Library Marketing: From Passion to PracticeSkip other details (including permanent urls, DOI, citation information)
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The short definition of marketing is that it is a means of creating value for people. I do not know any librarians who would feel in any way at odds with this purpose, even if they dispute the merits of specific tactics. A core requirement for a more functional relationship with marketing is an understanding of what it is, what it is not, and its basic tenets and methods. Once librarians know what modern marketing is beyond unfortunate stereotypes and gut reactions, they are likely to find that it is not as alienating as it might first seem.
As far as formalized, well-established marketing definitions go, the American Marketing Association (AMA, 2013) espouses an expansive one: “Marketing is the activity, set of institutions, and processes for creating, communicating, delivering, and exchanging offerings that have value for customers, clients, partners, and society at large” (para. 2). It is worth noting that based on the AMA’s definition, marketing is not just an activity. It encompasses institutions and processes, which illuminates how central marketing is within organizations. Adhering to the full spirit of this definition, marketing is relevant to just about anything anyone working in a library does—buying the right books and online resources, arranging them attractively on shelves, making them discoverable online, providing friendly expertise, creating informational resource guides, curating and maintaining spaces for utilizing materials, and so forth. Marketing’s centrality and pervasiveness are among its most important qualities that librarians need to recognize, adopt, and evangelize.
Building on this definition to weigh tactical considerations, we learn that, in addition to being broadly applicable, marketing is innately compatible with our operations and service philosophies. Without getting bogged down with marketing minutia, the four high-level categories of marketing activities are
- designing and developing products and services to meet people’s needs;
- determining the right level of effort, time, or money customers should spend to obtain the products or services;
- figuring out how to get the products and services to the people who need them; and
- telling people about the products and services.
Marketing texts sum up these tasks as “The Four Ps”: (1) product, (2) price, (3) place, and (4) promotion (Kahn, 2014, p. 95). Despite all of the work that goes into each of these important areas, most people, even many marketers, identify marketing exclusively with number 4 (promotion). Promotion includes marketing’s most easily observed output, including advertisements, fundraising events, social media campaigns, and so on. Unfortunately, promotion’s close association with marketing gives the rest of marketing short shrift. As far as librarians are concerned, equating marketing with promotion is like judging a book by its cover. And more detrimental, if librarians focus on promotion at the expense of the other activities, then they neglect the most important aspect of marketing—creating value for users.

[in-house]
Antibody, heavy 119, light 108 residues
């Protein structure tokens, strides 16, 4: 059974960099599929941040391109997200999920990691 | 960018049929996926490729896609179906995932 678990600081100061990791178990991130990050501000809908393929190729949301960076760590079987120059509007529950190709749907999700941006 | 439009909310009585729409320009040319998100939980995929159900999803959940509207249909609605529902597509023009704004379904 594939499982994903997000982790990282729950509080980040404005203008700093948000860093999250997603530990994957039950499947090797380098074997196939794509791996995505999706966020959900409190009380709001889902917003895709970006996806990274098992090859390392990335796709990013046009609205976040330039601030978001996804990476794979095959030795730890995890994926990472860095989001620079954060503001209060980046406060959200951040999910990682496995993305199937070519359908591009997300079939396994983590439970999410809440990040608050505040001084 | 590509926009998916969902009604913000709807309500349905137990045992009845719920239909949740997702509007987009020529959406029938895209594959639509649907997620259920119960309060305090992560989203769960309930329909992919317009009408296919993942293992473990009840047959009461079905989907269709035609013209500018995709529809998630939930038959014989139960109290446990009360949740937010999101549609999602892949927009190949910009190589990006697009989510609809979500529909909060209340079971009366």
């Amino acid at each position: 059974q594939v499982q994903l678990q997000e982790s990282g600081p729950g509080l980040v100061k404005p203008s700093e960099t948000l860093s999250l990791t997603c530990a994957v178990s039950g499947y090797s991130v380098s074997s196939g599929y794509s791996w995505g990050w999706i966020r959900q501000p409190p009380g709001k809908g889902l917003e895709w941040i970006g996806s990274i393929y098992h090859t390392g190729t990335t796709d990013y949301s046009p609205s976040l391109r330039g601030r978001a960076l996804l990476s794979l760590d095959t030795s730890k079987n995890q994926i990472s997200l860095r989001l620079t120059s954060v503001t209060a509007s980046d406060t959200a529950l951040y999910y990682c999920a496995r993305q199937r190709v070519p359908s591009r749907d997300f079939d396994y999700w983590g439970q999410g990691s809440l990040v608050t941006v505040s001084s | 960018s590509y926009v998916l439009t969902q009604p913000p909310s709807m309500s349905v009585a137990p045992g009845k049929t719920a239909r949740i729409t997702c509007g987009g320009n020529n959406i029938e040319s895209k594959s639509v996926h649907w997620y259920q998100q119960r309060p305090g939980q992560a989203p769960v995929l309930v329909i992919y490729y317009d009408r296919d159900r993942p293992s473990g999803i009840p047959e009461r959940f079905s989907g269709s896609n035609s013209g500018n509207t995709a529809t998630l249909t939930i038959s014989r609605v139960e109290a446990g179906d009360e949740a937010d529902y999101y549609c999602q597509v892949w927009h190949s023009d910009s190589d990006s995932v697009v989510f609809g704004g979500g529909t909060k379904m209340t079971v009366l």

To understand better this tendency to equate promotion and marketing, try for a moment to think about a service you would like to introduce in your library or a languishing one you would like to improve. Now imagine that you are forbidden to promote that service. You cannot hang a flyer, post a photo to Instagram, or even send an e-mail. How would you go about marketing it? Which aspects of the service would you focus on changing or creating? You might ask yourself important, necessary questions about the service, such as what problems it addresses; who it is intended for and what you know about them; whether someone else is already doing something similar and how what you offer is better; what patrons expect; how, when, and where the service is used; and so on. These kinds of questions about the broader marketplace—including competitors, user behavior, use cases, and market demographics and needs—are exactly the sorts of questions marketers need to ask to make sure offerings are relevant, needed, accessible, and perhaps even sought-after. By avoiding reliance on pushing communications out to people in hopes of persuading them to want our service, we free ourselves to think deeply about how we might adapt our services in order to create something our users want to begin with. Making this intentional distinction is fundamental for any attempt to adopt marketing.